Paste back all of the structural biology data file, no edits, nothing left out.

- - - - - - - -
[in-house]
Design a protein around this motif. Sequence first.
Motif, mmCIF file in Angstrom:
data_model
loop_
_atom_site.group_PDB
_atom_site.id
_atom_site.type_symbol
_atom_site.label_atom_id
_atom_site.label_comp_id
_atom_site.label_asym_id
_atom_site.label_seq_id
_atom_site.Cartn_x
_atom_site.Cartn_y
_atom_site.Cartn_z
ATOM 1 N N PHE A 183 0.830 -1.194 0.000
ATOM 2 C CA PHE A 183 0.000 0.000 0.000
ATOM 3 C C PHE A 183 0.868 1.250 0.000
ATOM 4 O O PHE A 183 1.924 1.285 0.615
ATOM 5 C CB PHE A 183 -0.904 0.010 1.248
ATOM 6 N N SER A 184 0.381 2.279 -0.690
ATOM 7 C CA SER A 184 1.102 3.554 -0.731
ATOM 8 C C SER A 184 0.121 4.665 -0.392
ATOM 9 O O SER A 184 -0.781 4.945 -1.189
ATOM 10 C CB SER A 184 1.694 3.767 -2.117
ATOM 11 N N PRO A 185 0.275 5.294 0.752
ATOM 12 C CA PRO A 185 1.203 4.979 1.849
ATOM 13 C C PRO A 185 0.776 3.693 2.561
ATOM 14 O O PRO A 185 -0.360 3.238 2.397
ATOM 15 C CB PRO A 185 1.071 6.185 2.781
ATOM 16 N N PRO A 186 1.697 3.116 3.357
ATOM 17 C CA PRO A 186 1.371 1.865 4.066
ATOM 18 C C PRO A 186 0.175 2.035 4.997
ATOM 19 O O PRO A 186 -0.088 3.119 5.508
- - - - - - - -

[in-house]
Design a protein around this motif. Sequence first.
Motif, mmCIF file in Angstrom:
data_model
loop_
_atom_site.group_PDB
_atom_site.id
_atom_site.type_symbol
_atom_site.label_atom_id
_atom_site.label_comp_id
_atom_site.label_asym_id
_atom_site.label_seq_id
_atom_site.Cartn_x
_atom_site.Cartn_y
_atom_site.Cartn_z
ATOM 1 N N PHE A 183 0.830 -1.194 0.000
ATOM 2 C CA PHE A 183 0.000 0.000 0.000
ATOM 3 C C PHE A 183 0.868 1.250 0.000
ATOM 4 O O PHE A 183 1.924 1.285 0.615
ATOM 5 C CB PHE A 183 -0.904 0.010 1.248
ATOM 6 N N SER A 184 0.381 2.279 -0.690
ATOM 7 C CA SER A 184 1.102 3.554 -0.731
ATOM 8 C C SER A 184 0.121 4.665 -0.392
ATOM 9 O O SER A 184 -0.781 4.945 -1.189
ATOM 10 C CB SER A 184 1.694 3.767 -2.117
ATOM 11 N N PRO A 185 0.275 5.294 0.752
ATOM 12 C CA PRO A 185 1.203 4.979 1.849
ATOM 13 C C PRO A 185 0.776 3.693 2.561
ATOM 14 O O PRO A 185 -0.360 3.238 2.397
ATOM 15 C CB PRO A 185 1.071 6.185 2.781
ATOM 16 N N PRO A 186 1.697 3.116 3.357
ATOM 17 C CA PRO A 186 1.371 1.865 4.066
ATOM 18 C C PRO A 186 0.175 2.035 4.997
ATOM 19 O O PRO A 186 -0.088 3.119 5.508